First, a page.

By Joel Hall
On Tuesday, before a host of county dignitaries, homeowner organizations, and public safety officials, the 2008 SPLOST Citizen Committee launched its campaign for a new, six-year Special Local Option Sales Tax.
The event took place at the C. Crandle Bray Police Headquarters in Jonesboro.
The current SPLOST, passed in 2003 to address transportation needs and building new recreation centers, will expire sometime this year. On Feb. 5, during the presidential primary, citizens will have a chance to decide whether to continue the one-cent tax collection through a new SPLOST that is expected to raise $305 million.
The proposed SPLOST will address public safety around the county, including a new Juvenile Justice Center, three new police precinct buildings, a new multipurpose Fire Department training facility, and a new Countywide Public Safety Digital Network, which would replace the county's outdated dispatch and radio communication systems.
In addition, it would fund two additional libraries and several road projects,
Members of the citizen committee said that as crime and public safety are now among the top concerns of Clayton residents, the county cannot afford a "no" vote on Feb. 5.
"A 'yes' vote is a vote for public safety, road improvements, and lower property taxes," said Forrest Johnson, chair of the SPLOST committee. "This SPLOST is different, because we are meeting the needs of the citizens that were surveyed. Crime is a No.1 concern. We have to address the growth of the area through public safety."
Johnson said the sales tax would provide a way to leverage funds from outside the county for public safety improvements. She said that approximately 40 percent of SPLOST funds would come from tourists and day travelers through the county.
"We want everybody, who spends money in Clayton County, to be involved, not just the property owners," Johnson said.
"Without the SPLOST, a lot of things won't happen," said Janie Griffin, public relations director for the campaign. "Our property taxes would be stressed and ready to go up. A lot of our public safety would be stagnated.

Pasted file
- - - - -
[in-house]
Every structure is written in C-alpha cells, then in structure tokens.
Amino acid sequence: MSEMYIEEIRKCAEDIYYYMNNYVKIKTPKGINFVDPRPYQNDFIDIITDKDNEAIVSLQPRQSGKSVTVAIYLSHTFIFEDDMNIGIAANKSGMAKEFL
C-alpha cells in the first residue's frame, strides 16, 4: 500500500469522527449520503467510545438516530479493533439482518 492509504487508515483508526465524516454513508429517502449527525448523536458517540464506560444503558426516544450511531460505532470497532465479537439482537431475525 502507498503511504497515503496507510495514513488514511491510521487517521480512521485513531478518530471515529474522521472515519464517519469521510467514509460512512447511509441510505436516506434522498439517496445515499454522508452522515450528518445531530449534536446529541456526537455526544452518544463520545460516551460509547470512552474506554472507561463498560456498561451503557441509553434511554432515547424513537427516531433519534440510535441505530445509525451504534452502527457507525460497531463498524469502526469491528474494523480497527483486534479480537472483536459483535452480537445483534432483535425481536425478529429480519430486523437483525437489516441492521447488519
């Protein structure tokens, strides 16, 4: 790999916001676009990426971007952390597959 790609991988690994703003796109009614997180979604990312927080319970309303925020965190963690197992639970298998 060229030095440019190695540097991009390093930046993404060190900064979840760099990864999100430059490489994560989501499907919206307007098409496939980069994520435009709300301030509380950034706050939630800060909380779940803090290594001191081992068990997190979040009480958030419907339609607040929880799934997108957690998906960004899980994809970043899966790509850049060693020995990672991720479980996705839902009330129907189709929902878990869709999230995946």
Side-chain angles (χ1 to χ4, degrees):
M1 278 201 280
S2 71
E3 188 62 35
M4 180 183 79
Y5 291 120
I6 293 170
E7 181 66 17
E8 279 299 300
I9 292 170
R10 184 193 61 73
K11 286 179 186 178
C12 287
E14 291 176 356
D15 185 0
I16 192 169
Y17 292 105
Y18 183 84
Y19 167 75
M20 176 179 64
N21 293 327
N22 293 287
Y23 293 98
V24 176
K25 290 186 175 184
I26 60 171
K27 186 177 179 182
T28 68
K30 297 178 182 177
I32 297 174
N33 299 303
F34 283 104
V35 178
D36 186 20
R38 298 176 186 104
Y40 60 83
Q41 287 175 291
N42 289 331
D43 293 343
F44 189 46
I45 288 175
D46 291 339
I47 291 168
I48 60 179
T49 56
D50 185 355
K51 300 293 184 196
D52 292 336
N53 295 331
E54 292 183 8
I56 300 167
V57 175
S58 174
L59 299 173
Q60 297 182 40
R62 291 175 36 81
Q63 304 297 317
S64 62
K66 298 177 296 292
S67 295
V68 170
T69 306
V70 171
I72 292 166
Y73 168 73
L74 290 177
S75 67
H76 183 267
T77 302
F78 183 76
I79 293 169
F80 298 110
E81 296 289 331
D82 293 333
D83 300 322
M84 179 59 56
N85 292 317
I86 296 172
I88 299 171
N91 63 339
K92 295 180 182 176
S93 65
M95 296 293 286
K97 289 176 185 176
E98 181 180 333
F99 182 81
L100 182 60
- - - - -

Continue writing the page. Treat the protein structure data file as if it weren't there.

"This is not a new tax," Griffin continued. "It is a continuation of an old tax. That old tax has already given us some major capital improvements."
County public safety officials came out in numbers to show their support for the new SPLOST.
"The precincts we have are currently in bad shape," said Clayton County Police Chief Jeff Turner. He said new precincts would provide citizens in the northeast, northwest, and southwest portions of the county with large community spaces, and the new Juvenile Justice Center would expedite the time needed to process juvenile offenders.
"I've lived in Clayton County since 1974, and what excites me about this SPLOST is that this is the first one that puts public safety at the forefront," said Clayton County Fire Chief Alex Cohilas. "The [paramedic] training center in Forsyth is frankly very far for [new recruits] and the classes are overbooked." He said a new multipurpose training facility would make the county a regional leader in paramedic training and would serve as a back-up to the county's 911 center in case of a "catastrophic failure" or "major disasters."
Brett Lavender, director of the county's Information Technology Division, said the tax would help replace the county's three-decade-old radio system with a new digital network. He said the system would provide public safety with clear digital voice channels, encrypted communications, computer-generated dispatch systems, video surveillance, and direct access to local and Georgia Bureau of Investigation databases for officers.
"Right now, there are issues with channel crowding," said Lavender. With the digital network, "the county could create as many talk groups as they needed without having to share radio channels. It would provide what public safety has been screaming for since [the Sept. 11 attacks], which is inter-operability."
The Clayton County NAACP has opposed the new SPLOST, citing the county's slowness in building two recreation centers promised in the 2003 SPLOST. Clayton County Commission Chairman Eldrin Bell said, however, that he expects to "put two more recreation centers in the ground before the close of February."
"We are required to spend that money on the projects that the money was intended for," he said. "We have done it and will continue to do it."
Dexter Matthews, president of the Clayton County NAACP, could not be reached for comment.